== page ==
German Foreign Minister Heiko Maas has touted an open dialogue with China, ahead of a conference between European Union foreign ministers on Friday.
Maas told reporters that the best way to influence China on the Hong Kong dispute was for the EU to stand united in its response and to maintain dialogue with Beijing.
“I think the past has shown that it is, above all, important to have a dialogue with China in which the EU very cohesively brings both its issues and principles to the fore, and then we will see where this dialogue leads,” he said.
Maas also said that Hong Kong’s high degree of autonomy “must not be undermined.” Unlike the United States, however, the EU has not yet planned any sanctions on China.
The leaders are set to discuss a long-term strategy towards China in a video conference on Friday, against the backdrop of recent developments and flaring tensions in Hong Kong.
In his letter of invitation, EU Foreign Affairs Commissioner Josep Borrell described China’s approach to Hong Kong as a “test of the EU’s geopolitical ambitions.”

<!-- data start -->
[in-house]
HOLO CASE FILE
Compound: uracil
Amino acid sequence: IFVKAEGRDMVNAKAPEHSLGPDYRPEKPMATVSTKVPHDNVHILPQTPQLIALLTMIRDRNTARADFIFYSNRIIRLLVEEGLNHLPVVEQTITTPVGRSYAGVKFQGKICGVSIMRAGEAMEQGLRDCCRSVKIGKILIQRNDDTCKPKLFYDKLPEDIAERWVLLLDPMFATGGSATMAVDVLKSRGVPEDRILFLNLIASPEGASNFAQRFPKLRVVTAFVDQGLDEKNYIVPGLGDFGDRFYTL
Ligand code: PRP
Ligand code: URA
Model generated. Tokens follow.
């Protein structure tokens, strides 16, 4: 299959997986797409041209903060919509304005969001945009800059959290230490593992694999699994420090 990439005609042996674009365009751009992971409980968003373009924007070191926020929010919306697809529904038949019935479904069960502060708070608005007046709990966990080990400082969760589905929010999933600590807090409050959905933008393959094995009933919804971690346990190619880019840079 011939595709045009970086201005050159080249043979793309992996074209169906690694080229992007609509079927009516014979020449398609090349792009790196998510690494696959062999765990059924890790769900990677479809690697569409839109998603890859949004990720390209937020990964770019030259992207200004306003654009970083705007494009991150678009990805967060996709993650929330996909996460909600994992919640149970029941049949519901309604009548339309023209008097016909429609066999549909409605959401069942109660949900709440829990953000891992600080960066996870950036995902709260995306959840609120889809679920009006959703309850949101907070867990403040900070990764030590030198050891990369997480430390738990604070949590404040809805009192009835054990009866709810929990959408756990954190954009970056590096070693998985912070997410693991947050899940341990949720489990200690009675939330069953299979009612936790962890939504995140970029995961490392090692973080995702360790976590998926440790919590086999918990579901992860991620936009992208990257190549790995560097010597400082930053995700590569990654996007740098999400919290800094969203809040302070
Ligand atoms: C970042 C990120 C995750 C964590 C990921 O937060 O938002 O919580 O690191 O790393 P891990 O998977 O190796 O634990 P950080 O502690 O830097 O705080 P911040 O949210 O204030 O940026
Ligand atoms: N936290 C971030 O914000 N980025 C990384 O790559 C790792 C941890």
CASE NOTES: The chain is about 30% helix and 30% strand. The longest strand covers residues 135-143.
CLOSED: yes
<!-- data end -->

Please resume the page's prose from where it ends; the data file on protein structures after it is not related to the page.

China approved a controversial security law last Thursday, which critics say infringes on civil rights in the city-state.
The law, aimed at quelling protests that have rocked the city over the past year, bans “any acts or activities” that endanger China’s national security, including subversion, separatism and terrorism.
What’s on the agenda
The meeting had initially been scheduled to focus on China, regardless of the events in Hong Kong, in light of two upcoming meetings with Beijing this year. One of those meetings is set to take place in Leipzig in September, and will see the agreement of an investment protection agreement.
Aside from Hong Kong, ministers are also expected to discuss China’s commitments to agreements made in March 2019, and the country’s approach towards international investors. The EU believes China “changes the rules in the middle of a match” and has not promoted a “level playing field” in terms of adherence to the rule of law.
The online press conference is expected to take place at 1 p.m. CET (11 a.m. UTC).
lc/rt (Reuters, AFP)